Alphabet Inc. (GOOG) subsidiary Google's artificial intelligence company DeepMind Health has signed an agreement with a hospital that is part of the U.K.'s National Health Service (NHS) network to deploy Streams, an app that monitors critical indicators of a patient's health and alerts doctors. This is the second such deal signed by DeepMind this year. Earlier, the company signed a similar agreement for patient data with three hospitals that operate under the NHS umbrella. As part of the agreements, DeepMind receives access to important patient data and medical histories.

News reports have alleged that DeepMind obtained the data without explicit consent from the affected patients. For its part, the company states that its data access is covered by "implied consent under direct care" provisions and that it has not shared the data with other services owned by its parent company. Alphabet operates other health-related companies such as Verily. (See also: FDA Approves Consumer Genetic Tests.)

However, the U.K.'s National Data Guardian is not convinced with DeepMind's explanation. The watchdog sent the company a letter in May stating that it had obtained patient data on an "inappropriate legal basis." Dame Fiona Caldicott, the Department of Health's National Data Guardian, wrote that the "... purpose for the transfer of 1.6 million identifiable patient records to Google DeepMind was for the testing of the Streams application, and not for the provision of direct care to patients."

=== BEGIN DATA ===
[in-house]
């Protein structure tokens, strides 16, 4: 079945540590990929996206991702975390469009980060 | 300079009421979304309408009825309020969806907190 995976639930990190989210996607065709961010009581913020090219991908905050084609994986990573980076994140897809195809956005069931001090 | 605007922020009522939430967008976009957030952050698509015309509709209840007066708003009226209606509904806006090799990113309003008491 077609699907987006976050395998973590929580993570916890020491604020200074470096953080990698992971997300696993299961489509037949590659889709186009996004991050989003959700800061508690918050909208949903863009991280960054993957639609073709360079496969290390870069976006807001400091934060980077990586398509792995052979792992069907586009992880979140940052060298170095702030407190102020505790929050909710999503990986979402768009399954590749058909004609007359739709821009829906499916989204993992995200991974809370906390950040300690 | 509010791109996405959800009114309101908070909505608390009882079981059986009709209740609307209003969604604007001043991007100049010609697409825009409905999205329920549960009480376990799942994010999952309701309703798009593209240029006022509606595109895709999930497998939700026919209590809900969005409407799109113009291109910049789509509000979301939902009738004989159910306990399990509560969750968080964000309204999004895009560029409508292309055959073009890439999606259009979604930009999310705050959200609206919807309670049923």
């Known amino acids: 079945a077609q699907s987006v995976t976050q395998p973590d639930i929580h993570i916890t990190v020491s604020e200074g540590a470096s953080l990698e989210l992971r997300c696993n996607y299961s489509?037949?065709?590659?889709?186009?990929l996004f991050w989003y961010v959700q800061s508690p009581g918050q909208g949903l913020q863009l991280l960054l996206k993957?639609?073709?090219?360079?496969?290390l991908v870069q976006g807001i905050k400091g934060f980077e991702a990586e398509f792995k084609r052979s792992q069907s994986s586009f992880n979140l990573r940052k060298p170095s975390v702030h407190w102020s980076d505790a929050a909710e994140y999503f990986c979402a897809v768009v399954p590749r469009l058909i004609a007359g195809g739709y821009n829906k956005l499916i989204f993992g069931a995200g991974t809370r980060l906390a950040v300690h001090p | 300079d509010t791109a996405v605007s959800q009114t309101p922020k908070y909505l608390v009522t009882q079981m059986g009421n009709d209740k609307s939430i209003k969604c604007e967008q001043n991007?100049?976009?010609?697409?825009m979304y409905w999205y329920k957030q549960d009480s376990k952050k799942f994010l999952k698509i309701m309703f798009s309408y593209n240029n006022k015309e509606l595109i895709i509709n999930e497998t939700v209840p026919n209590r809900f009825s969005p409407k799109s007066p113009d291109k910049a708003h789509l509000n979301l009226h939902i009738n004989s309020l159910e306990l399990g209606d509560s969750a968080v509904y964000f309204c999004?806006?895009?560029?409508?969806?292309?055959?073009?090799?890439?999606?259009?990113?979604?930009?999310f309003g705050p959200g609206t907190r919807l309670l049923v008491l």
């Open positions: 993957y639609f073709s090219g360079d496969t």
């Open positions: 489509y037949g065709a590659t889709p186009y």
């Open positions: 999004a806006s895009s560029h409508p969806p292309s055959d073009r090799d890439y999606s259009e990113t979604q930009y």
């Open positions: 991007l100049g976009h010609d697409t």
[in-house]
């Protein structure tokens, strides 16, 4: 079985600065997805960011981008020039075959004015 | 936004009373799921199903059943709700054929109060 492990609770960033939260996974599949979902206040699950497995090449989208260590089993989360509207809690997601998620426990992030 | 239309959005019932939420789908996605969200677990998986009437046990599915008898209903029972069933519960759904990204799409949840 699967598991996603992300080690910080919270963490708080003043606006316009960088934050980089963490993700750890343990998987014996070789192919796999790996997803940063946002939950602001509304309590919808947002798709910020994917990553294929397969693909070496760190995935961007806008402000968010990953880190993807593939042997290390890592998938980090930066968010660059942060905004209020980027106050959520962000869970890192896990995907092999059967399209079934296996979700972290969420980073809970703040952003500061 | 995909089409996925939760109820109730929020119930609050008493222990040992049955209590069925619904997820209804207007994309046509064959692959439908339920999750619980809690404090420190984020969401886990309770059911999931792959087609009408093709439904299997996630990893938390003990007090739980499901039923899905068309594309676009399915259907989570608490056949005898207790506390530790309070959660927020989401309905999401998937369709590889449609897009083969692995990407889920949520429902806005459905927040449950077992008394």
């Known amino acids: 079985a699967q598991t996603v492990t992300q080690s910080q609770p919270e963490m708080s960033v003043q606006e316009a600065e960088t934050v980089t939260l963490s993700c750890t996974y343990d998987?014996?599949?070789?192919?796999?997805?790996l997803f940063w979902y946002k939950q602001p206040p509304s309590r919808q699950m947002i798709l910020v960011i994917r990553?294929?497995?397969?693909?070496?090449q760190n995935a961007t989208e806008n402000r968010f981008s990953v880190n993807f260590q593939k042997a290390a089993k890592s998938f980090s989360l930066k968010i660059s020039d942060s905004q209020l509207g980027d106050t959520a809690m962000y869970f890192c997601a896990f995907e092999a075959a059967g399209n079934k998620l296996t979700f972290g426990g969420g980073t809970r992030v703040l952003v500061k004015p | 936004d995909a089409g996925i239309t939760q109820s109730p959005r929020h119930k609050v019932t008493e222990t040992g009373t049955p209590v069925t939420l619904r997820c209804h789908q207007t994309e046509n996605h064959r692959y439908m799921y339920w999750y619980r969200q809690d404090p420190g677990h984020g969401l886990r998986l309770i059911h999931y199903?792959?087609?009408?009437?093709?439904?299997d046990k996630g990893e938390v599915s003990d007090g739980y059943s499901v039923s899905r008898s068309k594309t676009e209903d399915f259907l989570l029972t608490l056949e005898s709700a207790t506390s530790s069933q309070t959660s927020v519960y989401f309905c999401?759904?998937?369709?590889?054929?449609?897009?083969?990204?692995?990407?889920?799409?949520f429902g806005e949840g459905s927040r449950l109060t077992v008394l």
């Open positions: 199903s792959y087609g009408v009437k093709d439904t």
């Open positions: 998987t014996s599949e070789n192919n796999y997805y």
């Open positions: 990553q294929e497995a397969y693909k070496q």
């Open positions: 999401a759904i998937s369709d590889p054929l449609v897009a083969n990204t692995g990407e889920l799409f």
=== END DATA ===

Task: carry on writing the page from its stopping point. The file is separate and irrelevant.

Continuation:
Most artificial intelligence companies have an ethics board that consists of notable members from different fields. DeepMind also has an ethics board, but the company has not divulged its composition or the matters discussed by the board. "It's an internal board, so confidential matters are discussed on that. And so far, we feel that a lot of it, the purpose of the board currently is to educate the people on that board as to the issues and bring everyone up to speed," Demis Hassabis, DeepMind co-founder and CEO, told The Guardian. (See also: 2 AI Stocks Set to Break Out to New Highs.)

Online tech publication TechCrunch has a deep dive along with an interview with a hospital director on the proposed cost savings and benefits from deploying the Streams app. A recent report by technology consulting firm Accenture states that the market for applications of artificial intelligence services in healthcare will grow at a compound annual rate of 40% and is expected to reach $6.6 billion by 2021. (See also: Sports Betting: The Next Big Thing for Artificial Intelligence.)

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